I’ll have some judgement with that sandwich, please.


The hubster and I stopped off at Subway on the way home from our Weight Watcher’s meeting last night and, as usual, we ordered our six inch, whole wheat, chicken/turkey breast sandwiches…without the cheese.

The woman serving us did not approve.  Clearly.  She ignored our first request to leave it off, instead focused on cutting and spreading the bread before her.  Then she looked up brightly and asked, “What kind of cheese would you like?”

“No cheese!” we answered in chorus.

She stared at us for a moment, the answer still failing to register.

“You don’t want any cheese?”  Her tone was dubious, as if she hadn’t heard us correctly.

“No.  No cheese,” we reassured her, smiling.

She just stood there staring for another second as the full weight of realization pierced some thick, cheese-adoring cloud in her mind and then, before our wondering eyes, she took a deep breath…eyes widening and rolling back, lips curling a little in contempt…before finally shrugging off the utter stupidity of such a request.  She slid our sandwiches past the cheese tubs in disgust, leaving them to wait their turn in the vegetable queue, then turned to wait on the people behind us without another word.

Ah…the power of cheese.  I’m pretty sure this woman loves it.  A lot.  I’m equally sure that she had no idea what her body language was saying.  Frankly, it was like watching a small child who hasn’t yet learned the intricacies of polite diplomacy; her response was spontaneous, unconscious, full bodied, and 100% honest.

My apologies, ma’am.  Truly, we meant no offense.  We really love cheese, too, it’s just that we’re tired of being fat.

copyright Dia Osborn 2012

A New Standard of Absurd

I sent leftover pizza to work with the hubster today, forgetting that he has a company lunch to attend.  He just called and when I mentioned it, he laughed and said, Oh don’t worry about it.  The pizza will keep.  It’ll last for months.  Years.  It has a shelf life of a thousand years…no…ten thousand years.  The stuff is like radioactive waste. And then we laughed because the thought was just so absurd.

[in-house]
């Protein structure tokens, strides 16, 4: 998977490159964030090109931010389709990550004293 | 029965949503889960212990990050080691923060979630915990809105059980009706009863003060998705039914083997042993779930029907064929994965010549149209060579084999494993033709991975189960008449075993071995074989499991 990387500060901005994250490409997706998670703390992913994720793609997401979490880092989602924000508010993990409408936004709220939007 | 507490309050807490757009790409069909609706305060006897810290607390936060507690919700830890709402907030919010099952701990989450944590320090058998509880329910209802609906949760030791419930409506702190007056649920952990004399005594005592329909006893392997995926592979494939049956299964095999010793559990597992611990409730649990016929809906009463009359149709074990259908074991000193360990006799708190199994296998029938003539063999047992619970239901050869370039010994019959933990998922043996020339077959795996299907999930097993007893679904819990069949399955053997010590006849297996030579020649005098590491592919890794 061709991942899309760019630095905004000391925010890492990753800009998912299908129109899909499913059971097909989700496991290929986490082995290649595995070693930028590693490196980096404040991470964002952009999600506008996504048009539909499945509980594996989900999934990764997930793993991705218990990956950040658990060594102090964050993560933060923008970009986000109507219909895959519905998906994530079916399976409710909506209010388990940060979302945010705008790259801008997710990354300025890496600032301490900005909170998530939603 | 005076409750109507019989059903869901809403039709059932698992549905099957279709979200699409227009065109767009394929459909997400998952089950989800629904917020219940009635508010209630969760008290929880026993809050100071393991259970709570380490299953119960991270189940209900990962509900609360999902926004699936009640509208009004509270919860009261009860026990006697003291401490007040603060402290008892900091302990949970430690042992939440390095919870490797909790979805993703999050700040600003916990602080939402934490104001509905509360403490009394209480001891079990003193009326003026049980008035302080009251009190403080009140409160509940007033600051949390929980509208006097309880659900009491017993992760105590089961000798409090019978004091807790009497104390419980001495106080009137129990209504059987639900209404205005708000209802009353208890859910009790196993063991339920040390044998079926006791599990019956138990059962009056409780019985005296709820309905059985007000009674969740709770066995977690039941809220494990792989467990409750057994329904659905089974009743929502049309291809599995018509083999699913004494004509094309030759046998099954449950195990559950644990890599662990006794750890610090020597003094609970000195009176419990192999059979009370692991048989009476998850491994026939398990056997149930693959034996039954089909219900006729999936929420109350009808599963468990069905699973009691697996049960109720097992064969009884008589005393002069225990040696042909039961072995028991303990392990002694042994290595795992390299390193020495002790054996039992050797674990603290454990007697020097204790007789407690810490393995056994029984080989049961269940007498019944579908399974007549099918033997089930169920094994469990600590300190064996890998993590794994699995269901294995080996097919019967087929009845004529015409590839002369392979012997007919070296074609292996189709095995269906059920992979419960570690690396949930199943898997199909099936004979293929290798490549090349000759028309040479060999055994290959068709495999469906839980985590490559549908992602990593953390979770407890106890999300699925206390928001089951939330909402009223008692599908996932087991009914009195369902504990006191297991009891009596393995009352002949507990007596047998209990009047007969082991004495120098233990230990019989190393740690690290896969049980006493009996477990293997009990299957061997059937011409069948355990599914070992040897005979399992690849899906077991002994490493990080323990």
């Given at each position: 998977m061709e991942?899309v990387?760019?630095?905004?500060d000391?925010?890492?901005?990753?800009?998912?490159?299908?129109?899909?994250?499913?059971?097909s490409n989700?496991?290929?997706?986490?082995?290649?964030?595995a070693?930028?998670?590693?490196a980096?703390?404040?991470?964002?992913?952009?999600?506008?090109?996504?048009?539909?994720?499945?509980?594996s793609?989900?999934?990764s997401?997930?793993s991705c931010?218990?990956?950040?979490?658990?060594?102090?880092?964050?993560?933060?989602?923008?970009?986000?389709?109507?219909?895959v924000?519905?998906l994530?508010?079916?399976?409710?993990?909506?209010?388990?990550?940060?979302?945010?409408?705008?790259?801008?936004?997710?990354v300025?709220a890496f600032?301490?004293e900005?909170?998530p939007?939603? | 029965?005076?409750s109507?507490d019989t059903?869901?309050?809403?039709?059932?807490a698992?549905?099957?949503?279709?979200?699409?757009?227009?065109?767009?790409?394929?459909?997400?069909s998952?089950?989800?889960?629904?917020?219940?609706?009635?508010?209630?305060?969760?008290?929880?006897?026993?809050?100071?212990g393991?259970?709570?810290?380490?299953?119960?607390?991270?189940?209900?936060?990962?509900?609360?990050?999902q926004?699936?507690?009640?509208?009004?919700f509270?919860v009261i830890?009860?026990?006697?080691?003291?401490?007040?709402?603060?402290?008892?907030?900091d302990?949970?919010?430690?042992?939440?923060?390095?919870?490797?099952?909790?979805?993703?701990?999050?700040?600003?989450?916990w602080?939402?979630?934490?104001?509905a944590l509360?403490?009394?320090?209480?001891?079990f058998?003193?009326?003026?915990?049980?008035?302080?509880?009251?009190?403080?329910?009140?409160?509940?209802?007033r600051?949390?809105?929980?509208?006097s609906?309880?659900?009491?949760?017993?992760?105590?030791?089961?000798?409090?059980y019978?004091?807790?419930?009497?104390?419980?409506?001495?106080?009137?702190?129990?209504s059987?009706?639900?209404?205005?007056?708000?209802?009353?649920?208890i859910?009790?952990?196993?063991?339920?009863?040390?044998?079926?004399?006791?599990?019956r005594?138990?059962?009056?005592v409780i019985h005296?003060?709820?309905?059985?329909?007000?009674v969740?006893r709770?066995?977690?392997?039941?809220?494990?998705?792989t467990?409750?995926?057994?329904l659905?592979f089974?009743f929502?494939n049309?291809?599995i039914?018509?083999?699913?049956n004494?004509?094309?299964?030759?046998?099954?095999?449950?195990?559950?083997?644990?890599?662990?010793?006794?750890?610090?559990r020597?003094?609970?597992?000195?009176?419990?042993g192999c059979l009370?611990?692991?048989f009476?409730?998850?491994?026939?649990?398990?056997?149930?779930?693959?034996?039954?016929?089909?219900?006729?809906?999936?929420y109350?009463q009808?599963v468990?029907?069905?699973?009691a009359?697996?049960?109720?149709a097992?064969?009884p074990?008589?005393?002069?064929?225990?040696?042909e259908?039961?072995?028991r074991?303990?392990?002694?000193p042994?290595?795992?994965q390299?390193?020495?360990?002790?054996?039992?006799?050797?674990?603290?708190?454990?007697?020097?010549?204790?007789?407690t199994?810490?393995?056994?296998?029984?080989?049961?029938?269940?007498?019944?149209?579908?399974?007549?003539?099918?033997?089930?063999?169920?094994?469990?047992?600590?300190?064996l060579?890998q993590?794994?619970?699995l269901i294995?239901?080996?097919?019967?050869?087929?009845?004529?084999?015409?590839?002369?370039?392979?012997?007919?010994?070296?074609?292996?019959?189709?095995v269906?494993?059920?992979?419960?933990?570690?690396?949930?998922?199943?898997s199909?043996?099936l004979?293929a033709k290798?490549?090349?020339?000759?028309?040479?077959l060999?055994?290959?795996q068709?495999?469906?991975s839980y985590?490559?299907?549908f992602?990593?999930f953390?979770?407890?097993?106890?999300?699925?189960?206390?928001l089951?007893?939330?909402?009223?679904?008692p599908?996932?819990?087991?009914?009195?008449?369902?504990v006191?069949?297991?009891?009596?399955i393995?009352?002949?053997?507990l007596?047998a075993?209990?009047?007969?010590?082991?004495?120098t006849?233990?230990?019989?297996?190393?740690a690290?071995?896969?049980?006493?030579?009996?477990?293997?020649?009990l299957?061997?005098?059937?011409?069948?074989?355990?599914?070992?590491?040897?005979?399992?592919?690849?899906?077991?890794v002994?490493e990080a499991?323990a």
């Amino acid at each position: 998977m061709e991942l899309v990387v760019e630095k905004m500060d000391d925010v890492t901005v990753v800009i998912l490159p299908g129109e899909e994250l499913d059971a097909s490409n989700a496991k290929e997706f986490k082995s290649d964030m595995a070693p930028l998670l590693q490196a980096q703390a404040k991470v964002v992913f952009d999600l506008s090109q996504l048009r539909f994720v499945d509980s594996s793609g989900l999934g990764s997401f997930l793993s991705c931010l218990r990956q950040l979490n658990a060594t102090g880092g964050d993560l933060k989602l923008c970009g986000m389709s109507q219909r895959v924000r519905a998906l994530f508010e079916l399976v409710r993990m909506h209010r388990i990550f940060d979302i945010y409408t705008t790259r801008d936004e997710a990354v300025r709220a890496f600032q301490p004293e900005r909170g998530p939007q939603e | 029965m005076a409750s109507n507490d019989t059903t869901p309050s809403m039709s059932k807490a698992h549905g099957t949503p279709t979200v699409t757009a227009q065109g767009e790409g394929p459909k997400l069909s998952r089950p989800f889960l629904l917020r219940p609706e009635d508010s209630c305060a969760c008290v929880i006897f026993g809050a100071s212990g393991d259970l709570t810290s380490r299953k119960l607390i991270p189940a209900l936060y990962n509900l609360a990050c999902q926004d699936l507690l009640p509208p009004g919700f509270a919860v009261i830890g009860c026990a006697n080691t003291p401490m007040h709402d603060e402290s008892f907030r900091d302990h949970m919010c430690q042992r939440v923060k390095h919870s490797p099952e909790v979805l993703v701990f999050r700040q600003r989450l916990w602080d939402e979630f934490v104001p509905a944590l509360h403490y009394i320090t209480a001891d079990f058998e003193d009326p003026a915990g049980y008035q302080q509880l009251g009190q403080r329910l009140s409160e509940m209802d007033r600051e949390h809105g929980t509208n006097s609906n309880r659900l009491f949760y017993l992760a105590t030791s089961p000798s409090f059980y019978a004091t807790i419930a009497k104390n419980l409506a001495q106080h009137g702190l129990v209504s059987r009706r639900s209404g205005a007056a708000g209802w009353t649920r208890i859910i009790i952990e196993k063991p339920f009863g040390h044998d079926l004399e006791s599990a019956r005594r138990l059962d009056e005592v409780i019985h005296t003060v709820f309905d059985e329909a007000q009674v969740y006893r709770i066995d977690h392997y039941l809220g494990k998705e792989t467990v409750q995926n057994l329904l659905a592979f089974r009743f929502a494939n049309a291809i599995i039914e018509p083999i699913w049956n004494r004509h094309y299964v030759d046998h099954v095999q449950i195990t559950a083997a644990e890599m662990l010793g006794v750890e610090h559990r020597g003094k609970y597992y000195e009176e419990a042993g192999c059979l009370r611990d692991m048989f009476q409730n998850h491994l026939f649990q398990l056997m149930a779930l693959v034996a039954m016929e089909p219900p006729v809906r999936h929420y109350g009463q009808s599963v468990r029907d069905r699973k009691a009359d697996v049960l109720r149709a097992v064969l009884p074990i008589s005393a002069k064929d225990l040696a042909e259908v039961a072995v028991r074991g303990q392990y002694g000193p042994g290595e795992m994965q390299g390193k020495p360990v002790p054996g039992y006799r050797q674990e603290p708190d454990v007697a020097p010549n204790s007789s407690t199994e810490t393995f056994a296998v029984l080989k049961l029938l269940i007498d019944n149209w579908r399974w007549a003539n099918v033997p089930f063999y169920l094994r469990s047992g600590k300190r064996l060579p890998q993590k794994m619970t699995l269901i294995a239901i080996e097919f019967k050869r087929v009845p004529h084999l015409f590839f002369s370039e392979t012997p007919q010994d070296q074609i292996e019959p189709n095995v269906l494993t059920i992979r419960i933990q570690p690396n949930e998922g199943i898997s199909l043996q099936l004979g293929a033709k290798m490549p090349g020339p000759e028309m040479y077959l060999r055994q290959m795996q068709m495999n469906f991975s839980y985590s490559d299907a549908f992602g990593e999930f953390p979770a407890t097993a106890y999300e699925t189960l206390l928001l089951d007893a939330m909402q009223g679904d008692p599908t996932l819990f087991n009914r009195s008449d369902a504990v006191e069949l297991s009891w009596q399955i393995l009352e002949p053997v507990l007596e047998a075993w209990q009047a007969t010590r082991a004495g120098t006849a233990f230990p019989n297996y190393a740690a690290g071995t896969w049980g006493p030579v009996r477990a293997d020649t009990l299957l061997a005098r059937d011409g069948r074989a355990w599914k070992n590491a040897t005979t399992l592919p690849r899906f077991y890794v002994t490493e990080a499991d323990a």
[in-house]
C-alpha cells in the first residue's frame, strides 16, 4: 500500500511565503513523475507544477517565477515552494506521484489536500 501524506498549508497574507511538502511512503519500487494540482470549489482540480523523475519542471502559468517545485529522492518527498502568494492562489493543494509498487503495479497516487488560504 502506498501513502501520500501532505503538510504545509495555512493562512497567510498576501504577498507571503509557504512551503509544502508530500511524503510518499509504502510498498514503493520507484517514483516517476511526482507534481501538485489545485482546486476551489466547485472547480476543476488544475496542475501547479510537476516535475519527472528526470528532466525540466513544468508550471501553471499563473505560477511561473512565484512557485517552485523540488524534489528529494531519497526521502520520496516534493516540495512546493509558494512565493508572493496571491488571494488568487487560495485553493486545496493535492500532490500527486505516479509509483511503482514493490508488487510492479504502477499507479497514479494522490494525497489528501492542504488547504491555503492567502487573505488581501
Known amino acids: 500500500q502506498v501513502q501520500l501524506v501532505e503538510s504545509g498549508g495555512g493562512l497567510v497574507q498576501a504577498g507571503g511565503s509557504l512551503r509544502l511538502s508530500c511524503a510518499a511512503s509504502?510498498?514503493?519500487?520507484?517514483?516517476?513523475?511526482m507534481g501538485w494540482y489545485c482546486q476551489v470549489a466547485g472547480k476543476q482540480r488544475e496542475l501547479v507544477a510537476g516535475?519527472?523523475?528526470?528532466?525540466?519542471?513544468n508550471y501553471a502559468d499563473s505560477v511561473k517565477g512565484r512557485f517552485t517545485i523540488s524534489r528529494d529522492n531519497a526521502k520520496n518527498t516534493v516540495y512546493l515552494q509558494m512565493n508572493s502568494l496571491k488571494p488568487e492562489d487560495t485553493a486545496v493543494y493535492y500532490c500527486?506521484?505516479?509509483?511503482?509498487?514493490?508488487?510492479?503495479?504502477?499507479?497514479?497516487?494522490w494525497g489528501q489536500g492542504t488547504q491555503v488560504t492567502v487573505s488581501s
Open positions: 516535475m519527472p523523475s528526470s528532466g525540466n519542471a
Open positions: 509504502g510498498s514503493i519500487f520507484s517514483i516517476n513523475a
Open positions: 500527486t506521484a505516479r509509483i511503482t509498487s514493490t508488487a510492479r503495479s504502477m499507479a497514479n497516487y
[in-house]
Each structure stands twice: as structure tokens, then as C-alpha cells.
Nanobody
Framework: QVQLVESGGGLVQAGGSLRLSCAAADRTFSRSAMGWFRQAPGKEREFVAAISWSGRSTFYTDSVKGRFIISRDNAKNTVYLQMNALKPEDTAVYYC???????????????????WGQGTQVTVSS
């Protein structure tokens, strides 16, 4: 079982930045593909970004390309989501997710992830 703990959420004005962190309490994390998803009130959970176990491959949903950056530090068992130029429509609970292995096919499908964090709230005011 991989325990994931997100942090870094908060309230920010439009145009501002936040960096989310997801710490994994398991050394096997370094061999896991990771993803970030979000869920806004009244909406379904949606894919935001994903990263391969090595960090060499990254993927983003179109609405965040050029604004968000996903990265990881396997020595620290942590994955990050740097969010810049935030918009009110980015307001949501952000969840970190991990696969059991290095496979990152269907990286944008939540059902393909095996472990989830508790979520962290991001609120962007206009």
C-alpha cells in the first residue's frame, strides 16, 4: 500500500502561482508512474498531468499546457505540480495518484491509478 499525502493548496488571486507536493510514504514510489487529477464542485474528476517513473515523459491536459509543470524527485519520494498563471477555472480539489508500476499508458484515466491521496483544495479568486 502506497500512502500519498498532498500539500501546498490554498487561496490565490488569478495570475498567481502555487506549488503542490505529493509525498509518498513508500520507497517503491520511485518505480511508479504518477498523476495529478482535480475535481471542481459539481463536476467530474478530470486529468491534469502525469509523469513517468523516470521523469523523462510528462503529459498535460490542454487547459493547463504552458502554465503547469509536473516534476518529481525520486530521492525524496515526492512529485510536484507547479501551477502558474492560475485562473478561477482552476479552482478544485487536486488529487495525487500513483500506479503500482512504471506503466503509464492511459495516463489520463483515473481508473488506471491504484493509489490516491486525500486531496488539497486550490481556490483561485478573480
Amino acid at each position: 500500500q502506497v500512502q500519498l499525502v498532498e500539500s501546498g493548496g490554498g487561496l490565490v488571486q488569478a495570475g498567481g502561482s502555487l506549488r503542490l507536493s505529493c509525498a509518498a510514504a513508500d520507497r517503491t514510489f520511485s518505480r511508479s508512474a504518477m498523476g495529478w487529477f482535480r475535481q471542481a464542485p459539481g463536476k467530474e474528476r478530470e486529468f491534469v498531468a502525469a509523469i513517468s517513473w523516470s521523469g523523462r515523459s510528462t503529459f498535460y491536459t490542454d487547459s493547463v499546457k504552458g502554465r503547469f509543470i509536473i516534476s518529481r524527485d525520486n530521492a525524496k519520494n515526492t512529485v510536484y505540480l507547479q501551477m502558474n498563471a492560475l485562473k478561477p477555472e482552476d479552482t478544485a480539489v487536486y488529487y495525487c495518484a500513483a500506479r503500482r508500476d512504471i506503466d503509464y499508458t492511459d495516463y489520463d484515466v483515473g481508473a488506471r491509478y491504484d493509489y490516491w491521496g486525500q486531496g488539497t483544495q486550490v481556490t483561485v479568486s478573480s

The hubster’s sense of humor is always escalating like that.   His jokes climb stairs, scale cliffs, then sprout wings and fly.  He loves stretching farther and higher for the most ridiculous comparison he can find and, I admit, the more ludicrous it gets the harder I laugh.

Then, out of the blue, I remembered all the photographs I’ve seen on the internet recording the daily decomposition (or lack thereof) of a McDonald’s hamburger.

And all of a sudden I wondered:  Will McDonald’s hamburgers eventually take over from radioactive waste as the new comic standard against which all decomp-resistant materials can be measured?  Instead of It has the shelf life of radioactive waste will we say: It has the shelf life of a McDonald’s hamburger?

(Evidently fifteen years and counting on this one.)

copyright Dia Osborn 2012

Break for Laughter: Is There Sex After Death?

image from Wikipedia

And now a small respite from advance directives…which I need.  Here’s a cute joke a friend sent me:

A couple made a deal that whoever died first would come back and inform the other if there is sex after death. 

After a long life together, the husband was the first to die.  True to his word, he made the first contact:

“Marion?  Marion?”

“Is that you, Bob?”

“Yes!  I’ve come back like we agreed.”

“That’s wonderful!  What’s it like?”

“Well, I get up in the morning, have sex, then breakfast and I’m off to the golf course.  While there I have sex again, bathe in the warm sun for a while, then have sex a couple more times.

“After that I have lunch (you’d be proud honey…lots of greens) followed by another romp around the golf course.  Then it’s pretty much sex again for the rest of the afternoon.  I have a little supper followed by more of the golf course.

“Then it’s more sex until late into the night after which I catch some much needed sleep before starting all over again the next day.”

“Oh, Bob…are you in Heaven?”

“No sweetheart.  I’m a rabbit in Saskatchewan.”

I love the play on the wide differences in afterlife beliefs here. There have been quite a few possibilities posited over the ages of course; Hades, ancestral worship, heaven/hell, reincarnation…and nothing at all… to name a tiny handful.

The belief that one can recycle back into other life forms as this joke suggests falls under the general heading of transmigration of the soul, or metempsychosis.  Kind of an interesting idea actually.  One can only imagine that a widespread belief in this idea might inspire a more enlightened stewardship of our natural world.  Self interest is always such a strong motivator.

Enough.  The next post will be about the blizzard of advance directives forms available out there, as promised.

copyright Dia Osborn 2011